13. 7-12. Creating Multiple Backup Sets
    14. 7-13. Making Copies of Backup Sets
    15. 7-14. Making Copies of Image Copy Backups
    16. 7-15. Making Tape Copies of Disk-Based Image Copies
    17. 7-16. Excluding a Tablespace from a Backup
    18. 7-17. Skipping Read-Only, Offline, or Inaccessible Files
    19. 7-18. Encrypting RMAN Backups
    20. 7-19. Making a Compressed Backup
    21. 7-20. Parallelizing Backups
    22. 7-21. Making Faster Backups of Large Files
    23. 7-22. Specifying Backup Windows
    24. 7-23. Reusing RMAN Backup Files
    25. 7-24. Retaining Backups for a Long Time
    26. 7-25. Backing Up Only Those Files Previously Not Backed Up
    27. 7-26. Restarting Backups After a Crash
    28. 7-27. Updating Image Copies
    29. 7-28. Backing Up a Container Database
    30. 7-29. Backing Up the Root in a Container Database
    31. 7-30. Backing Up a Pluggable Database
    32. 7-31. Backing Up Tablespaces and Data Files in a PDB
  17. CHAPTER 8: Maintaining RMAN Backups and the Repository
    1. 8-1. Adding User-Made Backups to the Repository
    2. 8-2. Finding Data Files and Archive Logs that Need a Backup
    3. 8-3. Finding Data Files Affected by Unrecoverable Operations
    4. 8-4. Identifying Obsolete Backups
    5. 8-5. Displaying Information About Database Files
    6. 8-6. Listing RMAN Backups
    7. 8-7. Listing Expired Backups
    8. 8-8. Listing Only Recoverable Backups and Copies
    9. 8-9. Listing Restore Points
    10. 8-10. Listing Database Incarnations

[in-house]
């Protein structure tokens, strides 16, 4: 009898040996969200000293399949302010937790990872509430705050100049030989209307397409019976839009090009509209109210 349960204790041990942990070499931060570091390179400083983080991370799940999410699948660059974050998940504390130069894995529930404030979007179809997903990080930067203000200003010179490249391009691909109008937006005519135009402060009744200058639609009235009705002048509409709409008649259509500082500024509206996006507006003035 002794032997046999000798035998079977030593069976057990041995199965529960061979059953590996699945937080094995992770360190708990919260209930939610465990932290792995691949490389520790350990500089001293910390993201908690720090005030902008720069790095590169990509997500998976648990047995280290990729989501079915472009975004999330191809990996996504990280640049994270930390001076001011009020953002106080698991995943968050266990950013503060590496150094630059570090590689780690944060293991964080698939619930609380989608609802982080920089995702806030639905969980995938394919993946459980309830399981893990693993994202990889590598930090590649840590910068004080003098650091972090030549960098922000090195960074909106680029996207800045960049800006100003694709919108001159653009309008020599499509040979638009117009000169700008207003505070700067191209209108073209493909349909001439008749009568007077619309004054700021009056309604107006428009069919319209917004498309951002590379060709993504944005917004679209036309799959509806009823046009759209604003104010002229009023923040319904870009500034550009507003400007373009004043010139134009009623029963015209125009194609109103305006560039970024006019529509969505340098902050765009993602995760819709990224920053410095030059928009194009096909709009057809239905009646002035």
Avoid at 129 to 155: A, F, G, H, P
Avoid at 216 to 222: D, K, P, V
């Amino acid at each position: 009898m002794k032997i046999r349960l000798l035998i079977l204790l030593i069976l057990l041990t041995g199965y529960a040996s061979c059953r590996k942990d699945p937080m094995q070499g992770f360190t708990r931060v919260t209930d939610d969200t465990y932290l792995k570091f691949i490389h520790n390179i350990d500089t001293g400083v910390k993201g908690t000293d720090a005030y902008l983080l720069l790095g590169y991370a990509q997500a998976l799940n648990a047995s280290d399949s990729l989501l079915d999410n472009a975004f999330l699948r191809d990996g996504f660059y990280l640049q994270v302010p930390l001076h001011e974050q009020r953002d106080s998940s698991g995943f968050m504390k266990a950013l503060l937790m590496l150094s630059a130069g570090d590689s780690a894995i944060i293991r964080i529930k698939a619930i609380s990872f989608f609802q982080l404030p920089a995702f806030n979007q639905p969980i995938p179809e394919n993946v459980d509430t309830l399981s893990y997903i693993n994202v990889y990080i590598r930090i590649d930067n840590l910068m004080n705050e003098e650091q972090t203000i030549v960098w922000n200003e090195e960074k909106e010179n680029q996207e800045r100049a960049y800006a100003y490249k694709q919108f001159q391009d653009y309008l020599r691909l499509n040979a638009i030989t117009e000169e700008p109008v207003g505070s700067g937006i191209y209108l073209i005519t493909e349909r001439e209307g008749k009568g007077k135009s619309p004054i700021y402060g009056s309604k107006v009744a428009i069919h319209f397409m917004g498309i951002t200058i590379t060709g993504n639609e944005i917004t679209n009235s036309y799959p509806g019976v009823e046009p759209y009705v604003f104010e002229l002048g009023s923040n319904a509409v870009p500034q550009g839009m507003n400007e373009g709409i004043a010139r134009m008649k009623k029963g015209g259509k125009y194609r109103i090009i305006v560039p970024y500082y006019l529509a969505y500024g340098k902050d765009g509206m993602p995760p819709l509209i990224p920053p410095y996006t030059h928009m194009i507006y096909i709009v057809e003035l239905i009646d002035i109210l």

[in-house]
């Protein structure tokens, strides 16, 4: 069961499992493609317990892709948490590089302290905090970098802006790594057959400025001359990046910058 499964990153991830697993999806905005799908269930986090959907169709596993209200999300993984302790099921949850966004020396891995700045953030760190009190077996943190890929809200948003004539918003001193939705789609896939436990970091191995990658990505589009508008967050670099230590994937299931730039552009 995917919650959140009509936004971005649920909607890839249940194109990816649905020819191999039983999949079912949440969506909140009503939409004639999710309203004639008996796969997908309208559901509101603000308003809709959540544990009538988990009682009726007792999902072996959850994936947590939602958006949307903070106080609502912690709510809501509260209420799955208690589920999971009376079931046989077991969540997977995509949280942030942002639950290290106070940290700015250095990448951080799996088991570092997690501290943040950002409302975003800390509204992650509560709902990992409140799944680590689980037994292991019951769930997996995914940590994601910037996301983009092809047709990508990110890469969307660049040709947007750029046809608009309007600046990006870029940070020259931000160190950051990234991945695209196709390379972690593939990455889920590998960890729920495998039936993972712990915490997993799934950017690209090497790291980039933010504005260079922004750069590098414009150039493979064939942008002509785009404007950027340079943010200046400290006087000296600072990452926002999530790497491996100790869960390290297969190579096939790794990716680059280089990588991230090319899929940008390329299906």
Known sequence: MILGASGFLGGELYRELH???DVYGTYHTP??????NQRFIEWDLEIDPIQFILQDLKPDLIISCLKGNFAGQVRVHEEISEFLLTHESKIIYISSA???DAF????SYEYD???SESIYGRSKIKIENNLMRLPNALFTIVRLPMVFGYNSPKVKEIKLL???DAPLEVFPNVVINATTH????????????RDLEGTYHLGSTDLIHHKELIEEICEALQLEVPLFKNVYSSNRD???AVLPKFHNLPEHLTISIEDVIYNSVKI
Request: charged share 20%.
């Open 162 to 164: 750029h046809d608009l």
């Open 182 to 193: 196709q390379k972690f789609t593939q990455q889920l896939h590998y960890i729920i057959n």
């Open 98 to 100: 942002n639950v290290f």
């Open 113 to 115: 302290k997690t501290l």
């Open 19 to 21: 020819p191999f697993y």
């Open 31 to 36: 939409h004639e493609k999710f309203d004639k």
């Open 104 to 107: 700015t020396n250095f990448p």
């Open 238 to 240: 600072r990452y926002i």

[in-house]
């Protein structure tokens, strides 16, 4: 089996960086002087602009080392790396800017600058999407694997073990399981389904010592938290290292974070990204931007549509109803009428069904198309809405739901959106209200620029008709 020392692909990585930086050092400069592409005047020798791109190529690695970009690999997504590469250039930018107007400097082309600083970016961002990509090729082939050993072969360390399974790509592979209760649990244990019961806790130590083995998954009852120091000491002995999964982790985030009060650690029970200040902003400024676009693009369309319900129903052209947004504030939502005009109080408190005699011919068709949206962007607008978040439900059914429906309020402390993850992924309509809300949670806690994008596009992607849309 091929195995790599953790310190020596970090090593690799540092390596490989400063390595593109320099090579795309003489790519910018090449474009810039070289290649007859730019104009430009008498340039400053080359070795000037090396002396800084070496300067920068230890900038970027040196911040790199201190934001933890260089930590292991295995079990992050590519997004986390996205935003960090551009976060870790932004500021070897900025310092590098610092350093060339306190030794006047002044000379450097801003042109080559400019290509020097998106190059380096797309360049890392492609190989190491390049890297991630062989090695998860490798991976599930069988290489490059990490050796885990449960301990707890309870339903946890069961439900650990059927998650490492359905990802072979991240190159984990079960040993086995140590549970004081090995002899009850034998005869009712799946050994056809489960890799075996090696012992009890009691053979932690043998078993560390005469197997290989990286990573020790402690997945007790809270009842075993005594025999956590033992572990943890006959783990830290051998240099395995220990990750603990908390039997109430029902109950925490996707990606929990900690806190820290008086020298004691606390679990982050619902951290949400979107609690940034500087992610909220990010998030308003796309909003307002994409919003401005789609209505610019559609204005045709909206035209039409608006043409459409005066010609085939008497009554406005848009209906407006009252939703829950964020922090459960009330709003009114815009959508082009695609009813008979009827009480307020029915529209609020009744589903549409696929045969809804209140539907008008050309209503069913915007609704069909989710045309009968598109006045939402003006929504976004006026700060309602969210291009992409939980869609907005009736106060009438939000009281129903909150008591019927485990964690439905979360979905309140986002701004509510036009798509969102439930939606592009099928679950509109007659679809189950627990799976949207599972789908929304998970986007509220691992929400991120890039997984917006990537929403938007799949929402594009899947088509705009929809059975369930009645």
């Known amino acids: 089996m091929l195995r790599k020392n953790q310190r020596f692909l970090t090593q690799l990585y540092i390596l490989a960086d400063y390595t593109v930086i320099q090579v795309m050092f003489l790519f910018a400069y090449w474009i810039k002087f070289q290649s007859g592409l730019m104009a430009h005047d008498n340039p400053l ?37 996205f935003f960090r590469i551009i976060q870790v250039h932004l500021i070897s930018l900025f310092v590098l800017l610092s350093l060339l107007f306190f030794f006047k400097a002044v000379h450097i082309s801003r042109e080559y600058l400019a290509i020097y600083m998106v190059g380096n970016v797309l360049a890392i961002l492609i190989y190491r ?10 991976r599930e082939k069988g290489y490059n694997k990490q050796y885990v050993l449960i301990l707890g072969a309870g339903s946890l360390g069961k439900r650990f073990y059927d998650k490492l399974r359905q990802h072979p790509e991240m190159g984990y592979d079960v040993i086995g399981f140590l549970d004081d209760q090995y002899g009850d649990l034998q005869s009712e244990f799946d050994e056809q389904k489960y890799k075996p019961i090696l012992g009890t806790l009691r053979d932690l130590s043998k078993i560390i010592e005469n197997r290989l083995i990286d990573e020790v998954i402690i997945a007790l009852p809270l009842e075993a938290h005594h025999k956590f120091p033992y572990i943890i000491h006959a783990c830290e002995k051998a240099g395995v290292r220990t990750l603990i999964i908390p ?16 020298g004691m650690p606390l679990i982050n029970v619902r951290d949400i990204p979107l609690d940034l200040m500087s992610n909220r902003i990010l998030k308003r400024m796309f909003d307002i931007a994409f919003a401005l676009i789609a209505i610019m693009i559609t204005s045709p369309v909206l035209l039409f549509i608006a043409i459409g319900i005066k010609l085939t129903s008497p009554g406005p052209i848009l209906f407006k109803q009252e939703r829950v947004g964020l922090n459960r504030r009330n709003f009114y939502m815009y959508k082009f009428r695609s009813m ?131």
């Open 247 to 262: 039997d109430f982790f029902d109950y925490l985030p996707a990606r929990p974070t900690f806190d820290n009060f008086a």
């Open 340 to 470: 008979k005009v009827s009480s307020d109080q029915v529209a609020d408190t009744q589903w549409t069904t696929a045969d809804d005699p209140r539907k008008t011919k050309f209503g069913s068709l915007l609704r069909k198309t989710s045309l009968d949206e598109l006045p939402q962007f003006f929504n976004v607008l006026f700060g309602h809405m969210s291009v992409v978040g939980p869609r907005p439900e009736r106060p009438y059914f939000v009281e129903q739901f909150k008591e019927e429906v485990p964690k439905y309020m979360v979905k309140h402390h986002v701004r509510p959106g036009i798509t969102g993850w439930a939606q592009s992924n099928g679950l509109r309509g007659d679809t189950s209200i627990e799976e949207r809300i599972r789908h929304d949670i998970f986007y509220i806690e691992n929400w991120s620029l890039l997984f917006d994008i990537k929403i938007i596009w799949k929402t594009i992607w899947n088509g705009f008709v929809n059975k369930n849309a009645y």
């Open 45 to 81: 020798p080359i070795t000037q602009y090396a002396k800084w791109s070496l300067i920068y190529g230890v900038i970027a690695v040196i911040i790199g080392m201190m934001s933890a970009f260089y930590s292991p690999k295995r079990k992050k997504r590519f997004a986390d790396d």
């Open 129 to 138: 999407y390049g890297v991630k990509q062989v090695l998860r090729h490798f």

11. 8-11. Updating the RMAN Repository After Manually Deleting Backups
    12. 8-12. Synchronizing the Repository with the Actual Backups
    13. 8-13. Deleting Backups
    14. 8-14. Deleting Archived Redo Logs
    15. 8-15. Deleting Obsolete RMAN Backups
    16. 8-16. Changing the Status of an RMAN Backup Record
    17. 8-17. Changing the Status of Archival Backups
    18. 8-18. Testing the Integrity of an RMAN Backup
    19. 8-19. Validating Data Files, Backup Sets, and Data Blocks
  18. CHAPTER 9: Scripting RMAN
    1. Approaches to Scripting
    2. 9-1. Developing a Unix Shell Script for RMAN
    3. 9-2. Scheduling a Unix Shell File
    4. 9-3. Developing a Windows Batch File to Run RMAN
    5. 9-4. Scheduling a Script in Windows via the GUI
    6. 9-5. Changing the Schedule of a Batch Job in the Task Scheduler
    7. 9-6. Scheduling in Windows from the Command Line
    8. 9-7. Creating Local Stored Scripts
    9. 9-8. Creating a Global Stored Script
    10. 9-9. Updating Stored Scripts
    11. 9-10. Commenting on Stored Scripts
    12. 9-11. Displaying Stored Scripts
    13. 9-12. Listing Stored Scripts
    14. 9-13. Dropping Stored Scripts
    15. 9-14. Executing a Global Script When a Local Script of the Same Name Exists
    16. 9-15. Converting Stored Scripts to Files
    17. 9-16. Creating or Replacing a Stored Script from a File
    18. 9-17. Passing Parameters to Stored Scripts
    19. 9-18. Creating a Parameterized Command File Script
  19. CHAPTER 10: Restoring the Control File
    1. 10-1. Restoring Control File Using Fast Recovery Area
    2. 10-2. Restoring Control File Using Recovery Catalog
    3. 10-3. Determining the Database Identifier
    4. 10-4. Restoring Control File with No Fast Recovery Area or Recovery Catalog
    5. 10-5. Restoring Control File to Nondefault Location
    6. 10-6. Restoring Lost Copy of Multiplexed Control File
    7. 10-7. Re-creating the Control File
    8. 10-8. Restoring the Control File Using DBMS_BACKUP_RESTORE
  20. CHAPTER 11: Performing Complete Recovery
    1. Background
    2. If You’re Still Awake .  .  .
    3. 11-1. Determining How to Restore and Recover